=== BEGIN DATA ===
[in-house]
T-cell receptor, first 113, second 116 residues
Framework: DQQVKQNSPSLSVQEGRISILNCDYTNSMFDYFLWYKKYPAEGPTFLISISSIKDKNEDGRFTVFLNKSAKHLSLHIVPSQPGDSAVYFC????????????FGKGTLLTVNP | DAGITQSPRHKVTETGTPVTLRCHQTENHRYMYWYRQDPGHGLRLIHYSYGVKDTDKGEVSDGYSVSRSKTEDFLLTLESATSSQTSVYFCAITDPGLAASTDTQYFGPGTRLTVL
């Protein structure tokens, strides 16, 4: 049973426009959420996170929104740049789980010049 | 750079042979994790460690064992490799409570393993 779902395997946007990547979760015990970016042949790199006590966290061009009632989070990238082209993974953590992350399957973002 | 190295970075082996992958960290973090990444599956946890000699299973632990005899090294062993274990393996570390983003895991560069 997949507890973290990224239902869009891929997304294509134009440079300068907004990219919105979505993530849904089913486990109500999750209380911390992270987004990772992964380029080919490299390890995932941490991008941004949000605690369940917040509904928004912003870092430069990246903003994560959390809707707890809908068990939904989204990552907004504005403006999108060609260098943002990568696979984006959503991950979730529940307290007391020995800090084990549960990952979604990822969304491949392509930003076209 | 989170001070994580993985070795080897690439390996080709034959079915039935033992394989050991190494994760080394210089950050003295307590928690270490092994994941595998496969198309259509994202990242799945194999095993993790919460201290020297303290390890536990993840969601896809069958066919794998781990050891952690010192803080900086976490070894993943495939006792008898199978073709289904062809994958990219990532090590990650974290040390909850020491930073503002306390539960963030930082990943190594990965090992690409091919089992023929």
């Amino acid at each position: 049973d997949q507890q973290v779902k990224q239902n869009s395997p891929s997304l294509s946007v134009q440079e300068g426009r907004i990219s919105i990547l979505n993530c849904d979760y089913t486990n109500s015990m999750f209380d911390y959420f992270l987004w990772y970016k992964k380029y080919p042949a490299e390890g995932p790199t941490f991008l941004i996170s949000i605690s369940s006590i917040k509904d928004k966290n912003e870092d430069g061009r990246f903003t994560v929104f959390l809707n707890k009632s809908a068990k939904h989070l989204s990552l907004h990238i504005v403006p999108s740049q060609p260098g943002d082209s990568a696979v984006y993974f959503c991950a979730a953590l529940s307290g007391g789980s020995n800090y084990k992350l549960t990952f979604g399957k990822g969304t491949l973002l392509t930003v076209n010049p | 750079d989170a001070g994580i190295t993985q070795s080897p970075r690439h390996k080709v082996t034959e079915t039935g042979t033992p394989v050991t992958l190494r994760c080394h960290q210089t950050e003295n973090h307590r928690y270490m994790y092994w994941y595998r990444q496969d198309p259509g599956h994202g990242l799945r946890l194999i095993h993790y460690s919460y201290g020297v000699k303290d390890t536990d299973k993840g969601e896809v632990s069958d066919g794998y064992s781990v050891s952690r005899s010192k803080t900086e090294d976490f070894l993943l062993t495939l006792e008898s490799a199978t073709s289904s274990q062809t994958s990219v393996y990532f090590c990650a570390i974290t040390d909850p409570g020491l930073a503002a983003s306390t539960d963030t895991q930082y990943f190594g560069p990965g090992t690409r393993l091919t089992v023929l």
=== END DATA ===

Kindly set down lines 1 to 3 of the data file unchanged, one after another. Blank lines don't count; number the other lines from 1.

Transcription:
[in-house]
T-cell receptor, first 113, second 116 residues
Framework: DQQVKQNSPSLSVQEGRISILNCDYTNSMFDYFLWYKKYPAEGPTFLISISSIKDKNEDGRFTVFLNKSAKHLSLHIVPSQPGDSAVYFC????????????FGKGTLLTVNP | DAGITQSPRHKVTETGTPVTLRCHQTENHRYMYWYRQDPGHGLRLIHYSYGVKDTDKGEVSDGYSVSRSKTEDFLLTLESATSSQTSVYFCAITDPGLAASTDTQYFGPGTRLTVL